Klaipeda

History

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The ancestral home of the Curonians (Kuršiai) and other proto-Lithuanian tribes including the long-extinct Nadruvians and Skalvians, the area around Klaipėda has been inhabited since well before the 7th century, when a city first started to take shape here. Until 1923, the city was an integral part of the region of East Prussia known as Lithuania Minor (Lithuanian: Mažoji Lietuva; German: Kleinlitauen) whose Lithuanian population, the Lietuvininkai, were predominantly Protestant and distinct from their eastern neighbours in many ways. Although Klaipėda was known as Memel for most of its history, the word Klaipėda is used below to mean both.

13th century
1252 The Bishop of Kuršas (Courland) signs an agreement with the Livonian Order. The Teutonic Knights build Memelburg Castle at the mouth of the Danė. In 1254 Klaipėda is granted Lübeck law, establishing it as a sea trading town on a par with other Hanseatic towns. But the town is repeatedly attacked by Lithuanian and German forces, causing the Bishop to relocate to Pilten (today’s Piltene in Latvia) in 1298.

14th century
In 1328 the Livonian Knights agree to transfer Klaipėda and its surrounding area to the German Order of Prussia.

15th century
In 1418 the city of Caloypeda (Latin for Klaipėda) is first mentioned in written sources. In 1455 it is occupied by Samogitian (Žemaitian) forces for the first time.

16th century
In 1525 during the Reformation in Prussia, the Lithuanian Protestant Church is established. In 1540 a large fire destroys large parts of the city.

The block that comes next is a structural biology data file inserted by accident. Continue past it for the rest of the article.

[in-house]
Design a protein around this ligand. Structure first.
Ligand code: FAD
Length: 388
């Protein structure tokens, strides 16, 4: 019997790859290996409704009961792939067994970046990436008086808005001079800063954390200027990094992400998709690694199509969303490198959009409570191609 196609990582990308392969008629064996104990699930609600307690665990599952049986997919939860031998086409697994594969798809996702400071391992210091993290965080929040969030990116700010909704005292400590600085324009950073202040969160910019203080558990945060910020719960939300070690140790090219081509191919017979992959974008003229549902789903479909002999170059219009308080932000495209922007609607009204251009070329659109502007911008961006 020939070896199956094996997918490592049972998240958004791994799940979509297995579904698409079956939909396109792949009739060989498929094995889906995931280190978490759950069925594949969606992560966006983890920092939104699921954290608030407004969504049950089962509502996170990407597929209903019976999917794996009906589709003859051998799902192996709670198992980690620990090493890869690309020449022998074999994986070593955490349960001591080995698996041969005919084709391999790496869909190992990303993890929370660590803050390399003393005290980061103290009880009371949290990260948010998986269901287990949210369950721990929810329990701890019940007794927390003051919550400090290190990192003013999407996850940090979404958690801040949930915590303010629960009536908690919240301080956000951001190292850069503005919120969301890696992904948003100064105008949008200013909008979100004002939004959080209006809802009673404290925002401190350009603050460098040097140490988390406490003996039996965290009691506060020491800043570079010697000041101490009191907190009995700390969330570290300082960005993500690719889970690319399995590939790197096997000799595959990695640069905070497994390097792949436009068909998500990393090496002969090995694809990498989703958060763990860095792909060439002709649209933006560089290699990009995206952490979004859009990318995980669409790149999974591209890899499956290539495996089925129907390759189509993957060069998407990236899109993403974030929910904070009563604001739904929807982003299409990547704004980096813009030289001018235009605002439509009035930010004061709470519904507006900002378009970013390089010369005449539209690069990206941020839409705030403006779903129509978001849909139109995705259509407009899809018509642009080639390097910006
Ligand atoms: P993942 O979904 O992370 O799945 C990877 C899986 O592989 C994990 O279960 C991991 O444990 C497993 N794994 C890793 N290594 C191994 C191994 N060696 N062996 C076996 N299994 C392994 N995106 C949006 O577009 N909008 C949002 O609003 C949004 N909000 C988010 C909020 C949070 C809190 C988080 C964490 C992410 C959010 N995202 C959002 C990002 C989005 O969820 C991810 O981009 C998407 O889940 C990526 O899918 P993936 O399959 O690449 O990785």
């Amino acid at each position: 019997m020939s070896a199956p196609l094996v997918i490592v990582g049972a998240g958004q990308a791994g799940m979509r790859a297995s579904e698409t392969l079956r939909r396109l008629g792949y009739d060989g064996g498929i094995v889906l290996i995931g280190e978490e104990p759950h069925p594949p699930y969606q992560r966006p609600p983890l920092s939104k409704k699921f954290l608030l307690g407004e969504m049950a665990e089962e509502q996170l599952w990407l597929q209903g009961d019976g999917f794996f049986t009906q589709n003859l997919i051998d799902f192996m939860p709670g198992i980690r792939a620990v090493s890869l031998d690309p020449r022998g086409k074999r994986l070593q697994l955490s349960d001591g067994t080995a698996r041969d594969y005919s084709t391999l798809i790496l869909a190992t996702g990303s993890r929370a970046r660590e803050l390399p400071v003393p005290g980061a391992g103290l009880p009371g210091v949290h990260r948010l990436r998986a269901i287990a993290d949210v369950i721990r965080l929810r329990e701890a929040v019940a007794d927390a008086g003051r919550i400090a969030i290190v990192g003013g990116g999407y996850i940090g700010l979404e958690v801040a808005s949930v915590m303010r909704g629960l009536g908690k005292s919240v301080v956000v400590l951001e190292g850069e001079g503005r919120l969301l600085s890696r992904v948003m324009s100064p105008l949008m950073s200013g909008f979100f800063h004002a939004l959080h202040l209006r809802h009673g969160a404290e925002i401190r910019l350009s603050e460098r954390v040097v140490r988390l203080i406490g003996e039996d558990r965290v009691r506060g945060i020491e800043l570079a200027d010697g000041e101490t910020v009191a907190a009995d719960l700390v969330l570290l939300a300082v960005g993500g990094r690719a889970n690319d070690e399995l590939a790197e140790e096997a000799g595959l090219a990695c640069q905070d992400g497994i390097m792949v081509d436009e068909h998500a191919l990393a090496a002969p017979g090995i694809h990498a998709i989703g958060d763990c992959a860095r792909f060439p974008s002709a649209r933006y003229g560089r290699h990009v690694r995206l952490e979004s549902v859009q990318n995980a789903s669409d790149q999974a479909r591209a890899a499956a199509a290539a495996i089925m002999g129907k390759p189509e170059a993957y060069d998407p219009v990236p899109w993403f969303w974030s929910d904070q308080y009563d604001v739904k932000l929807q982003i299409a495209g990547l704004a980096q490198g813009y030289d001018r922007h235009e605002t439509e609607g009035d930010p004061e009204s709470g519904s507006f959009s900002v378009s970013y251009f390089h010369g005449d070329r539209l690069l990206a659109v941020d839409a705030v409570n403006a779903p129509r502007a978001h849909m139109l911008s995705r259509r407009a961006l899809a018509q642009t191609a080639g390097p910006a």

17th century
Swedish forces control the city from 1629 until 1635. By 1657 the merchants of Klaipėda are granted the privilege to develop their sea trade independently of the Prussian government, enabling the city and its port to expand.

18th century
Russia occupies the Klaipėda region from 1757 until 1762. During the second half of the century the city grows rapidly and the port hosts nearly 1,000 ships annually.

19th century
In 1808 Klaipėda becomes the temporary capital of the Kingdom of Prussia while Napoleon occupies Berlin, but late in 1812 Russian forces occupy the area again. In 1854 another fire consumes the city, causing massive damage. Klaipėda is subsequently rebuilt using stone. In 1860 the first gymnasium (grammar school) is founded. By 1871 the newly founded German Empire controls the city and continues to do so until the end of WWI. The River Nemunas and the port are connected in 1873 via the King Wilhelm Canal.

20th century
At the end of WWI the Treaty of Versailles severs Klaipėda from German rule and places it as a protectorate of the Entente states. In 1923 the Klaipėda Revolt (actually an invasion) forces the city into Lithuanian hands although the region retains much autonomy from the rest of Lithuania.
On March 22, 1939 the Nazis take control of the city and Hitler gives a speech from the Drama Theatre balcony overlooking Theatre Square. The Nazis stay until the city's liberation by the Red Army on January 28,
1945. Nearly two-thirds of the city is destroyed during WWII. Many inhabitants flee or are deported. Klaipėda, like the rest of Lithuania, comes under Soviet rule until 1990. After Independence, the University of Klaipėda is founded. In 1997, in order to revitalise the city, the area is established as one of the few Free Economic Zones within the country.

21st century
The Lithuanian currency the litas is pegged to the euro in 2002 and in 2004 Lithuania joins both NATO and the European Union. In 2007 the country becomes part of the Schengen zone. Klaipėda co-hosts the prestigious Tall Ships Race in 2009 and two years later basketball fever grips the nation as it hosts the EuroBasket competition in cities including Klaipėda. In 2013 Lithuania takes over the Presidency of the Council of the European Union for a six-month period from July 1. Dalia Grybauskaitė is re-elected Lithuania's president for a second term in May 2014. In 2015, Lithuania adopts the euro. On February 16, 2018 Lithuania stages huge celebrations to mark 100 years since the restoration of its independence.

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